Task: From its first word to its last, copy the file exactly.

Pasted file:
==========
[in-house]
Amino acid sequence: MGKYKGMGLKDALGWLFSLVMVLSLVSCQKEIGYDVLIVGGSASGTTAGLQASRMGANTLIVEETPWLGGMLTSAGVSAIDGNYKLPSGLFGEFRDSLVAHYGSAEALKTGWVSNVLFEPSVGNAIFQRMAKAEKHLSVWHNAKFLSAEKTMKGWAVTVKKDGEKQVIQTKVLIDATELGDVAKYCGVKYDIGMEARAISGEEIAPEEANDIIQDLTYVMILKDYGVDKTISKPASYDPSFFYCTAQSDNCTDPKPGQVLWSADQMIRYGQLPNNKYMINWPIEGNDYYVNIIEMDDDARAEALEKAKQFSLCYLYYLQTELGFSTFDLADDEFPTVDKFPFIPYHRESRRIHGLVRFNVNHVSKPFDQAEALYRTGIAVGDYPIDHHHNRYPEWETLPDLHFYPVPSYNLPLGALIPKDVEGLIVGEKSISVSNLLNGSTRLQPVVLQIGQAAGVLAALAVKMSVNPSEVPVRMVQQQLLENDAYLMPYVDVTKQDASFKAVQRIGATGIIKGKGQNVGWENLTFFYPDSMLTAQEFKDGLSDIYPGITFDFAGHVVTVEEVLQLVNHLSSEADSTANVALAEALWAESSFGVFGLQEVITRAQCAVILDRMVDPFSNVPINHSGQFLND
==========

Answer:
[in-house]
Amino acid sequence: MGKYKGMGLKDALGWLFSLVMVLSLVSCQKEIGYDVLIVGGSASGTTAGLQASRMGANTLIVEETPWLGGMLTSAGVSAIDGNYKLPSGLFGEFRDSLVAHYGSAEALKTGWVSNVLFEPSVGNAIFQRMAKAEKHLSVWHNAKFLSAEKTMKGWAVTVKKDGEKQVIQTKVLIDATELGDVAKYCGVKYDIGMEARAISGEEIAPEEANDIIQDLTYVMILKDYGVDKTISKPASYDPSFFYCTAQSDNCTDPKPGQVLWSADQMIRYGQLPNNKYMINWPIEGNDYYVNIIEMDDDARAEALEKAKQFSLCYLYYLQTELGFSTFDLADDEFPTVDKFPFIPYHRESRRIHGLVRFNVNHVSKPFDQAEALYRTGIAVGDYPIDHHHNRYPEWETLPDLHFYPVPSYNLPLGALIPKDVEGLIVGEKSISVSNLLNGSTRLQPVVLQIGQAAGVLAALAVKMSVNPSEVPVRMVQQQLLENDAYLMPYVDVTKQDASFKAVQRIGATGIIKGKGQNVGWENLTFFYPDSMLTAQEFKDGLSDIYPGITFDFAGHVVTVEEVLQLVNHLSSEADSTANVALAEALWAESSFGVFGLQEVITRAQCAVILDRMVDPFSNVPINHSGQFLND